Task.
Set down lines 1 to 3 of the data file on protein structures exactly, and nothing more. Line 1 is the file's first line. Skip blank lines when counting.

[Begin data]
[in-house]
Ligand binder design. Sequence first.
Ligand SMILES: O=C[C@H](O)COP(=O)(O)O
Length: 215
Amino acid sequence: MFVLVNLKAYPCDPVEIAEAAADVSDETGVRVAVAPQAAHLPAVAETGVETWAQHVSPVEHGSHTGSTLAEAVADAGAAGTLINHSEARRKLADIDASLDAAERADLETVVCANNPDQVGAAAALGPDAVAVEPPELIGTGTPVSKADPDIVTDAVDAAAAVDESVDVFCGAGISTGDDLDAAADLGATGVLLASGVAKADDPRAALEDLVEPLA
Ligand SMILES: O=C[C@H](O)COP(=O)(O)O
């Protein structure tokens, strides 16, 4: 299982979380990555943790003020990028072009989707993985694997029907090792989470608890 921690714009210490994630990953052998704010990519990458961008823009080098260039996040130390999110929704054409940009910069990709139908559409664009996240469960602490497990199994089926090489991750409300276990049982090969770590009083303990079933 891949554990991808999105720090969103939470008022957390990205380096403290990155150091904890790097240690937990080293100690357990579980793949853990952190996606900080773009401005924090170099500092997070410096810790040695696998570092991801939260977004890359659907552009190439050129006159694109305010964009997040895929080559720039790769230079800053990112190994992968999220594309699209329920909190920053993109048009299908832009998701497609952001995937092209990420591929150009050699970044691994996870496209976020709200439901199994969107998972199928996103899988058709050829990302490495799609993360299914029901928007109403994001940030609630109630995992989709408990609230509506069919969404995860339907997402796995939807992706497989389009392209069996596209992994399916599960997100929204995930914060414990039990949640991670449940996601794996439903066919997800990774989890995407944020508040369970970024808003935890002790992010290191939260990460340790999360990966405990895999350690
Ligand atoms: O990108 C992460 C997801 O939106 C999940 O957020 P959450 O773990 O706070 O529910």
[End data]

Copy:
[in-house]
Ligand binder design. Sequence first.
Ligand SMILES: O=C[C@H](O)COP(=O)(O)O